Deeper ties, Indo-Pacific on the agenda of US defence secy visit
Washington The United States will seek to deepen the “Major Defense Partnership” with India during Secretary of Defense Lloyd Austin’s visit and advance cooperation in the Indo-Pacific and the western Indian Ocean region, which is an emerging area of interest for coordinated action by the two countries.
Austin will reach India next week after visiting Japan and South Korea. This will be his first trip overseas after taking office and, notably, it is to the Indo-Pacific, reflecting the importance the Biden administration is according to the region. He will begin the tour on March 13 with a visit to the US Indo-Pacific command headquarters in Hawaii.
In his meetings in India, Secretary Austin will “discuss deepening the US-India Major Defense Partnership and advancing cooperation between our countries for a free, prosperous and open Indo-Pacific and Western Indian Ocean Region,” the defense department said Wednesday.
“Major Defense Partnership” is a description unique to India-US defense ties. India was designated a Major Defense Partner by the Obama administration in 2016, and it was elevated by the Trump administration to Strategic Trade Authorization tier 1 status, which allows India license-free access to a wide range of military and dual-use technologies, same as NATO allies of the United States.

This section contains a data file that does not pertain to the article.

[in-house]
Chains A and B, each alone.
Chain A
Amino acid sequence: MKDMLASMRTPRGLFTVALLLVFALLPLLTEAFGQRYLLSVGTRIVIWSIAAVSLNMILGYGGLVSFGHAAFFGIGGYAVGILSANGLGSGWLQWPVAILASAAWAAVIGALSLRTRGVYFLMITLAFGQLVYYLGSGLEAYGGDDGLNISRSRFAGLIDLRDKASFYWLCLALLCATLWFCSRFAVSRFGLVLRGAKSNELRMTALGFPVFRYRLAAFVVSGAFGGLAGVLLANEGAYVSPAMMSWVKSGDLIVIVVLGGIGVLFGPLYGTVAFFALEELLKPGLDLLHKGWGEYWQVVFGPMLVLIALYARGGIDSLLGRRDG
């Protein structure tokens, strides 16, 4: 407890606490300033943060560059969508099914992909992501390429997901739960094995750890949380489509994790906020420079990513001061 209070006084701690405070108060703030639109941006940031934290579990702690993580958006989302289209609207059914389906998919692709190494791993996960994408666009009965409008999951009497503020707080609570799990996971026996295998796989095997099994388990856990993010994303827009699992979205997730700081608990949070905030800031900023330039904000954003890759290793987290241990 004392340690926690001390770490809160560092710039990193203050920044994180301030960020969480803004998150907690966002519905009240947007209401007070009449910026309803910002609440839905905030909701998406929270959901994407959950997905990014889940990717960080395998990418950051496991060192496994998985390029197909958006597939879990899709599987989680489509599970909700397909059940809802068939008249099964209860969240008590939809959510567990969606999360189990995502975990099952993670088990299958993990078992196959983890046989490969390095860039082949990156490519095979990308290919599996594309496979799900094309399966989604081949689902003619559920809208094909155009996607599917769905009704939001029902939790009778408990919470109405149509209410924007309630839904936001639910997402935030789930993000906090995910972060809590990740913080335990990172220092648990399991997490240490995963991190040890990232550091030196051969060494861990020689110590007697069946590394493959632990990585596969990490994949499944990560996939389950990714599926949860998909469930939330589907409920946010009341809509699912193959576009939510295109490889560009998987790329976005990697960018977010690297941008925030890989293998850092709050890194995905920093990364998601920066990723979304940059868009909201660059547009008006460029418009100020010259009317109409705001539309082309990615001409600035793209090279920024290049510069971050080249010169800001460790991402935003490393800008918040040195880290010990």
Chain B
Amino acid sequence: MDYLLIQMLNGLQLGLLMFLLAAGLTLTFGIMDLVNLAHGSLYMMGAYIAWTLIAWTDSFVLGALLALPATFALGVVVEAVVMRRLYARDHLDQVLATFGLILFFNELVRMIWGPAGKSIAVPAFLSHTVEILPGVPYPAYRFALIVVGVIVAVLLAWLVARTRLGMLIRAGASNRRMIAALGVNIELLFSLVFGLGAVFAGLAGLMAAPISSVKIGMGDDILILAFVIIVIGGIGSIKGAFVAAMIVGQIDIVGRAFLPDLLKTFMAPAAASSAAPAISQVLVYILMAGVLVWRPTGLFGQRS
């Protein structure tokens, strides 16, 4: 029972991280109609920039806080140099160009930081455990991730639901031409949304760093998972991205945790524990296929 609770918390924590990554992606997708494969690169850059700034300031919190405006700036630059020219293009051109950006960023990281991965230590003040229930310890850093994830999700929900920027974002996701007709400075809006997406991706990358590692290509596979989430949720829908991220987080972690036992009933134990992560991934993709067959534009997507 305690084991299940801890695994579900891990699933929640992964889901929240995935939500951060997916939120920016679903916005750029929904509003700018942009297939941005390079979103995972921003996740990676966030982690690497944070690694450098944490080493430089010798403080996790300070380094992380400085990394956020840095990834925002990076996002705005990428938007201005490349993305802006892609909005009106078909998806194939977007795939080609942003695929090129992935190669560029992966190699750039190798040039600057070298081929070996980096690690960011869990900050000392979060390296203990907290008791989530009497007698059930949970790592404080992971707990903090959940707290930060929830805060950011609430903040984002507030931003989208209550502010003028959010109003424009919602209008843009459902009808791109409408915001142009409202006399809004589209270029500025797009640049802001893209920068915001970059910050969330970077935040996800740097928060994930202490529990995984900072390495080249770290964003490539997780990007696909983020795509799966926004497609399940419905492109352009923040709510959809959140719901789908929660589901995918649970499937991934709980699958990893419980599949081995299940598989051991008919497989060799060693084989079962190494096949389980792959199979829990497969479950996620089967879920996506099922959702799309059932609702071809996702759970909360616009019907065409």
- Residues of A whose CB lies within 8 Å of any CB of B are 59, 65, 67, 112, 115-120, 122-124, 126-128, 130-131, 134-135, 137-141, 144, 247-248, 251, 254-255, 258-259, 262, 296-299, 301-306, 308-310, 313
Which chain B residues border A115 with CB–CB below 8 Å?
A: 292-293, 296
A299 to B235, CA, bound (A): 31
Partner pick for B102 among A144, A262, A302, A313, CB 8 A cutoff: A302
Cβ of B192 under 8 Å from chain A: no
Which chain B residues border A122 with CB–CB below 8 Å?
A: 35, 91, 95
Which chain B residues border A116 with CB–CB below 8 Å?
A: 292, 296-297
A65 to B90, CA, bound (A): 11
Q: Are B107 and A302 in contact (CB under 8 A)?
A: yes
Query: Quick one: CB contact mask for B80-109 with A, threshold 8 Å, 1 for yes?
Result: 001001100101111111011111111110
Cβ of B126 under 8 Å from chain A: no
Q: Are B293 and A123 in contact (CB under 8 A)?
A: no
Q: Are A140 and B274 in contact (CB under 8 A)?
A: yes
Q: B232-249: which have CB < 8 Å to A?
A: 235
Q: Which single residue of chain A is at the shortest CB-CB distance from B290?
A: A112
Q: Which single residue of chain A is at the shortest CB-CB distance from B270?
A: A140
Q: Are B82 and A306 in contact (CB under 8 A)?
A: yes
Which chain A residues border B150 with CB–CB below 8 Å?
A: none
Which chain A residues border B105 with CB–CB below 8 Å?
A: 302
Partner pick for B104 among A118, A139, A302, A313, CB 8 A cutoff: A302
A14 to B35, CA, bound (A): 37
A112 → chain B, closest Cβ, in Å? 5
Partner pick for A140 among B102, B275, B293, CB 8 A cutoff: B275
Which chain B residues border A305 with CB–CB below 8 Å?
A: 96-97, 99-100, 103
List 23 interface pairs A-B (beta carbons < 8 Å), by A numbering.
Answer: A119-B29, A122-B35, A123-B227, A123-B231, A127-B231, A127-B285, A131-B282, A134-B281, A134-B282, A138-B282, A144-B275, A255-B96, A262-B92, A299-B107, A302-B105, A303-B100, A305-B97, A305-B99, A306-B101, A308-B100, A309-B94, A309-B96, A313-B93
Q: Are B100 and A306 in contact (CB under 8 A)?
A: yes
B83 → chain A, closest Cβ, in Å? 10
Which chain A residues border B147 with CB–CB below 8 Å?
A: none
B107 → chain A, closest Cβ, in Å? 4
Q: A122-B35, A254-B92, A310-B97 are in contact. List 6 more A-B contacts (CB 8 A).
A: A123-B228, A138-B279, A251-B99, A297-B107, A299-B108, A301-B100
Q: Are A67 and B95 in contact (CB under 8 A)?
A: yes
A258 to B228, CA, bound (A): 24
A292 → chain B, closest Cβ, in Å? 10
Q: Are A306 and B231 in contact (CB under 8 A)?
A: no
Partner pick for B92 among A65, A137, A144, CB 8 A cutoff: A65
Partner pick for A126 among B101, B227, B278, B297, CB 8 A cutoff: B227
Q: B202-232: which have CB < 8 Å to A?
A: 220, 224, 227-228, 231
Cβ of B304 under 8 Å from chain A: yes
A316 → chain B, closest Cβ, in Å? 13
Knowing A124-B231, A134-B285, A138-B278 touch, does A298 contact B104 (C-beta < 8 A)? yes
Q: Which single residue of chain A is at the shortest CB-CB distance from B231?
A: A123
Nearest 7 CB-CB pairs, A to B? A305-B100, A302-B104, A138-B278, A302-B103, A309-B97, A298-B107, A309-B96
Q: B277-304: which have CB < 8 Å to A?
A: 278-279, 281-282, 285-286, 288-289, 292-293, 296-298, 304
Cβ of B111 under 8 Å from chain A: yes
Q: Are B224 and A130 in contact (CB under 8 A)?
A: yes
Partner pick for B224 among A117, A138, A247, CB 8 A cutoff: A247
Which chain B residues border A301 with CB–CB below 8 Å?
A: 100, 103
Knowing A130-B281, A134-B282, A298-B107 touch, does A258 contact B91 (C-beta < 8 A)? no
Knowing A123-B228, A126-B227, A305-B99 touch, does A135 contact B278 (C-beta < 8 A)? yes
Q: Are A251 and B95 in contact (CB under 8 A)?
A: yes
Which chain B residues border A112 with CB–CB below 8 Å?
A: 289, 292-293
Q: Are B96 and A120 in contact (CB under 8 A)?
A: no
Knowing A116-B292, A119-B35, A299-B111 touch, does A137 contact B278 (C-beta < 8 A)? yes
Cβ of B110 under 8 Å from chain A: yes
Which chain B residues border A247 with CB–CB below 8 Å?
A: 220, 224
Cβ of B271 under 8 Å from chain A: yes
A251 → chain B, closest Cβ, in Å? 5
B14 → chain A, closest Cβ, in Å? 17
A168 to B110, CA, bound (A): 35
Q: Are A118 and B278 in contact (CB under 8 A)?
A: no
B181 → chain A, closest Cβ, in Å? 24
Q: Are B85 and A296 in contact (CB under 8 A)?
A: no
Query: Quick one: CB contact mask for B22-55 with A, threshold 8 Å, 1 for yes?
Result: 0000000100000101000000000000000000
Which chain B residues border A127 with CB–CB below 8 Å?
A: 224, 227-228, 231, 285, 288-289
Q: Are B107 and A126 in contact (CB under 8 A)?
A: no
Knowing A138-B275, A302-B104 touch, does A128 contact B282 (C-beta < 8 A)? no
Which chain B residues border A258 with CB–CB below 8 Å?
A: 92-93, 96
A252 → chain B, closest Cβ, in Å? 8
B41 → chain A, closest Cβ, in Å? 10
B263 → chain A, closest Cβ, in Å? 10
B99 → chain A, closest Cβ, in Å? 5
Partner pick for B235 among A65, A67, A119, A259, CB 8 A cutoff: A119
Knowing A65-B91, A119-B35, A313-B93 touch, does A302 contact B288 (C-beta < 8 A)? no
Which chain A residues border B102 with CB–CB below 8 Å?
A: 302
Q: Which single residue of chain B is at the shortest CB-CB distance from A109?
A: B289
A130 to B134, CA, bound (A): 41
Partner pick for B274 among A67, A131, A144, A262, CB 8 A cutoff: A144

India’s defense purchases from the United States have ballooned in recent years. It is using an increasing number of US platforms — such as P-8 maritime patrol aircraft, C-130J and C-17 military transport aircraft, AH-64 Apache attack helicopters, CH-47 Chinook heavy-lift helicopters, Precision Guided-Excalibur artillery shells, and M777 howitzers. India had ordered Apache and MH-60R multi-mission Seahawk helicopters worth $3.1 billion in February, a top US military commander told lawmakers at a hearing Tuesday. And, according to reports, India is in talks with the country for armed drones.
It could not be immediately ascertained if new deals will be announced during Austin’s visit.
The US defense secretary will begin his tour on Saturday, day after the first summit of the leaders of the Quadrilateral Security Dialogue — or the Quad, as the group comprising India, the US, Australia and Japan is popularly called — underscoring, once again, the importance the Biden administration is giving to the region.
The Indo-Pacific and Europe will see the “most robust” US military presence under President Joe Biden, as stated in a National Security Strategic Guidance released last week.
In his meetings with his counterparts and other officials in the region, the Pentagon said, Austin will “reinforce the United States’ commitment to a free and open Indo-Pacific region – founded on respect for international rules, laws, and norms”, the US department of defense said.
The secretary will be joined by Secretary of State Antony Blinken for 2+2 meetings with their counterparts in Japan and South Korean, both treaty allies of the United States. India and the US also had a similar 2+2 dialogue in New Delhi in October last year.